Boolean model Information retrieval example

boolean retrieval model for information retrieval and boolean retrieval model maintains the term frequency
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Published Date:20-07-2017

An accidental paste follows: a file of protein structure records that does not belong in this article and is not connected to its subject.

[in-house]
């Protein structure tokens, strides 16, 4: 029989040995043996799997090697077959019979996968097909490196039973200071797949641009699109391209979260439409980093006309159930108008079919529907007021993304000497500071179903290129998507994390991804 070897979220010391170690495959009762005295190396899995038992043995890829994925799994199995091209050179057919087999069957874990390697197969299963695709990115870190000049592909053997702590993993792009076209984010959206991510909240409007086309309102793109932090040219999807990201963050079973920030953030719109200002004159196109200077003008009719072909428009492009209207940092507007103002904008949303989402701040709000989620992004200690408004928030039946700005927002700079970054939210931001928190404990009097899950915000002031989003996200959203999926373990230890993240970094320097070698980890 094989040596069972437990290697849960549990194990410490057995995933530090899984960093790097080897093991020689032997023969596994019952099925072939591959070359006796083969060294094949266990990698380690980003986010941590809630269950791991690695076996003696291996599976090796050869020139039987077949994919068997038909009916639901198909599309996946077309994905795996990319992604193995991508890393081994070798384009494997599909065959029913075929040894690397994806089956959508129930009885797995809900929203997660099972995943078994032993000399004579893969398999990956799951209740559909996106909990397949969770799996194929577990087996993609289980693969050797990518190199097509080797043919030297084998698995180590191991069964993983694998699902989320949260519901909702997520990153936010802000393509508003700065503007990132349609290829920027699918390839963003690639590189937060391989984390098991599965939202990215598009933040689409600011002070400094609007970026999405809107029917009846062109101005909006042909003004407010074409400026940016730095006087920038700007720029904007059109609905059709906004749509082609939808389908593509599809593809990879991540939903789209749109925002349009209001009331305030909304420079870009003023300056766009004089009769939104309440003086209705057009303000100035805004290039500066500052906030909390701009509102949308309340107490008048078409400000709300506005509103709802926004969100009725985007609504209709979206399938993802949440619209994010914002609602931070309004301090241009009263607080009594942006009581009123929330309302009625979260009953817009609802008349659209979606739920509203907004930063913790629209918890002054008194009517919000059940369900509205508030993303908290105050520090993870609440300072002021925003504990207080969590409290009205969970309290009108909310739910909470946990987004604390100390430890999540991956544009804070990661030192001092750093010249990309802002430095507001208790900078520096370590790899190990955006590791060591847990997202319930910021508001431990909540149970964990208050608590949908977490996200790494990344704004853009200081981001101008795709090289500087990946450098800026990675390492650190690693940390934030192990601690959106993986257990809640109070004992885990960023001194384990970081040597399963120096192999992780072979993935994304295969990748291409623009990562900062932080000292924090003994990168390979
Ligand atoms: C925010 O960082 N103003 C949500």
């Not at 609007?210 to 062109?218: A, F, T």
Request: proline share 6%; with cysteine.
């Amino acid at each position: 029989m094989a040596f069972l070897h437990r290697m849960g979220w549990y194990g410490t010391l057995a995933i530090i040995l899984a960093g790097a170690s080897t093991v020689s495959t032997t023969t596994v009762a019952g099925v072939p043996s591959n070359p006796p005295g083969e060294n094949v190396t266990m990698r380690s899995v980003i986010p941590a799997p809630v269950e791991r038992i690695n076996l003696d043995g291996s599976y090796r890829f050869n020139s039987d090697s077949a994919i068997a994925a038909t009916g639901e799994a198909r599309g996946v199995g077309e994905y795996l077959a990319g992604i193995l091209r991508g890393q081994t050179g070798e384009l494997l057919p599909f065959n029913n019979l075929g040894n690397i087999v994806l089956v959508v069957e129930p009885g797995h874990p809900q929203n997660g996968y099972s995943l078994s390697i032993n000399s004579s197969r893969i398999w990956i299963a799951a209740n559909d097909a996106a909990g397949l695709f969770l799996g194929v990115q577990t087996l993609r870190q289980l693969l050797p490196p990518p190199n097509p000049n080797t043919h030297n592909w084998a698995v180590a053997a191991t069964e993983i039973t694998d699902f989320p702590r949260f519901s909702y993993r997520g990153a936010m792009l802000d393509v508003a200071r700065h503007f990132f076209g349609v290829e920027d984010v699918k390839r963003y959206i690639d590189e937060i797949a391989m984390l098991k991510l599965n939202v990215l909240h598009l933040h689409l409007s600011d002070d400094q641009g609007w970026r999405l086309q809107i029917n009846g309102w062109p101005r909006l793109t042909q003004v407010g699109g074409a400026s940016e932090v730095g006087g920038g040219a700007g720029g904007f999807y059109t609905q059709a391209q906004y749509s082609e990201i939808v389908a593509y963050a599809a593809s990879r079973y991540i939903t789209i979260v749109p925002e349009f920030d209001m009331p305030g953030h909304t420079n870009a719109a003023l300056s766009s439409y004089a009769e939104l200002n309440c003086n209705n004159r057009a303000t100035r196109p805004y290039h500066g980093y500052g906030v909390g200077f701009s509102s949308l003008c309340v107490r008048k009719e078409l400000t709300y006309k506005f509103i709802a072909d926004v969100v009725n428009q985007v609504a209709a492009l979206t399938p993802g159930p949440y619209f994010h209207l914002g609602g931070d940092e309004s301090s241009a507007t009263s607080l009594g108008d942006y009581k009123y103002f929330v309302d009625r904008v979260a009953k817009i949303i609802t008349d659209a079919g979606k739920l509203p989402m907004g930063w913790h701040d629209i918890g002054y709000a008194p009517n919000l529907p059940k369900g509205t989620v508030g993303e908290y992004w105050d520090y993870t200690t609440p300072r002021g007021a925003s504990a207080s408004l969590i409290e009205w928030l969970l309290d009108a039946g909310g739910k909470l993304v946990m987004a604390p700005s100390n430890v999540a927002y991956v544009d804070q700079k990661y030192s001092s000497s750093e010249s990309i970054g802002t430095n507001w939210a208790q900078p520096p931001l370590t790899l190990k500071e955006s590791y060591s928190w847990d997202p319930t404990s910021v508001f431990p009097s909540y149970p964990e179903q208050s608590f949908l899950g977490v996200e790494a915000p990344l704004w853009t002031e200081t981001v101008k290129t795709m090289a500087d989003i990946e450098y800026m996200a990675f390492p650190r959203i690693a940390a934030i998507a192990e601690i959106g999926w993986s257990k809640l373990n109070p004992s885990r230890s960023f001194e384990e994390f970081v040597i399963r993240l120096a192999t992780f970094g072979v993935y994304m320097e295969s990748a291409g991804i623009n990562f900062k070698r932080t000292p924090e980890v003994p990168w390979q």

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Introduction to Information Retrieval Introduction to Information Retrieval Boolean Retrieval 1Introduction to Information Retrieval Take-away  Administrativa  Boolean Retrieval: Design and data structures of a simple information retrieval system  What topics will be covered in this class? 2 2Introduction to Information Retrieval Definition of information retrieval Information retrieval (IR) is finding material (usually documents) of an unstructured nature (usually text) that satisfies an information need from within large collections (usually stored on computers). 4 4Introduction to Information Retrieval 6 6Introduction to Information Retrieval Boolean retrieval  The Boolean model is arguably the simplest model to base an information retrieval system on.  Queries are Boolean expressions, e.g., CAESAR AND BRUTUS  The seach engine returns all documents that satisfy the  Boolean expression. Does Google use the Boolean model? 7 7Introduction to Information Retrieval Unstructured data in 1650  Which plays of Shakespeare contain the words BRUTUS AND CAESAR, but not CALPURNIA?  One could grep all of Shakespeare’s plays for BRUTUS and CAESAR, then strip out lines containing CALPURNIA  Why is grep not the solution?  Slow (for large collections)  grep is line-oriented, IR is document-oriented  “NOT CALPURNIA” is non-trivial  Other operations (e.g., find the word ROMANS near COUNTRYMAN ) not feasible 10 10Introduction to Information Retrieval Term-document incidence matrix Anthony Julius The Hamlet Othello Macbeth and Caesar Tempest . . . Cleopatra ANTHONY 1 1 0 0 0 1 BRUTUS 1 1 0 1 0 0 CAESAR 1 1 0 1 1 1 CALPURNIA 0 1 0 0 0 0 CLEOPATRA 1 0 0 0 0 0 MERCY 1 0 1 1 1 1 WORSER 1 0 1 1 1 0 . . . Entry is 1 if term occurs. Example: CALPURNIA occurs in Julius Caesar. Entry is 0 if term doesn’t occur. Example: CALPURNIA doesn’t occur in The tempest. 11 11Introduction to Information Retrieval Incidence vectors  So we have a 0/1 vector for each term.  To answer the query BRUTUS AND CAESAR AND NOT CALPURNIA:  Take the vectors for BRUTUS, CAESAR AND NOT CALPURNIA  Complement the vector of CALPURNIA  Do a (bitwise) and on the three vectors  110100 AND 110111 AND 101111 = 100100 12 12Introduction to Information Retrieval 0/1 vector for BRUTUS Anthony Julius The Hamlet Othello Macbeth and Caesar Tempest . . . Cleopatra ANTHONY 1 1 0 0 0 1 BRUTUS 1 1 0 1 0 0 CAESAR 1 1 0 1 1 1 CALPURNIA 0 1 0 0 0 0 CLEOPATRA 1 0 0 0 0 0 MERCY 1 0 1 1 1 1 WORSER 1 0 1 1 1 0 . . . result: 1 0 0 1 0 0 13 13Introduction to Information Retrieval Answers to query Anthony and Cleopatra, Act III, Scene ii Agrippa Aside to Domitius Enobarbus: Why, Enobarbus, When Antony found Julius Caesar dead, He cried almost to roaring; and he wept When at Philippi he found Brutus slain. Hamlet, Act III, Scene ii Lord Polonius: I did enact Julius Caesar: I was killed i’ the Capitol; Brutus killed me. 14 14Introduction to Information Retrieval Bigger collections 6  Consider N = 10 documents, each with about 1000 tokens 9 ⇒ total of 10 tokens  On average 6 bytes per token, including spaces and 9  punctuation⇒ size of document collection is about 6 ・ 10 = 6 GB  Assume there are M = 500,000 distinct terms in the collection  (Notice that we are making a term/token distinction.) 15 15Introduction to Information Retrieval Can’t build the incidence matrix 6  M = 500,000 × 10 = half a trillion 0s and 1s.  But the matrix has no more than one billion 1s.  Matrix is extremely sparse.  What is a better representations?  We only record the 1s. 16 16Introduction to Information Retrieval Inverted Index For each term t, we store a list of all documents that contain t. dictionary postings 17 17Introduction to Information Retrieval Inverted Index For each term t, we store a list of all documents that contain t. dictionary postings 18 18Introduction to Information Retrieval Inverted Index For each term t, we store a list of all documents that contain t. dictionary postings 19 19Introduction to Information Retrieval Inverted index construction ❶ Collect the documents to be indexed: ❷ Tokenize the text, turning each document into a list of tokens: ❸ Do linguistic preprocessing, producing a list of normalized tokens, which are the indexing terms: ❹ Index the documents that each term occurs in by creating an inverted index, consisting of a dictionary and postings. 20Introduction to Information Retrieval Tokenizing and preprocessing 21 21Introduction to Information Retrieval Split the result into dictionary and postings file dictionary postings 25 25Introduction to Information Retrieval Later in this course  Index construction: how can we create inverted indexes for large collections?  How much space do we need for dictionary and index?  Index compression: how can we efficiently store and process indexes for large collections?  Ranked retrieval: what does the inverted index look like when we want the “best” answer? 26 26Introduction to Information Retrieval Simple conjunctive query (two terms)  Consider the query: BRUTUS AND CALPURNIA  To find all matching documents using inverted index: ❶ Locate BRUTUS in the dictionary ❷ Retrieve its postings list from the postings file ❸ Locate CALPURNIA in the dictionary ❹ Retrieve its postings list from the postings file ❺ Intersect the two postings lists ❻ Return intersection to user 28 28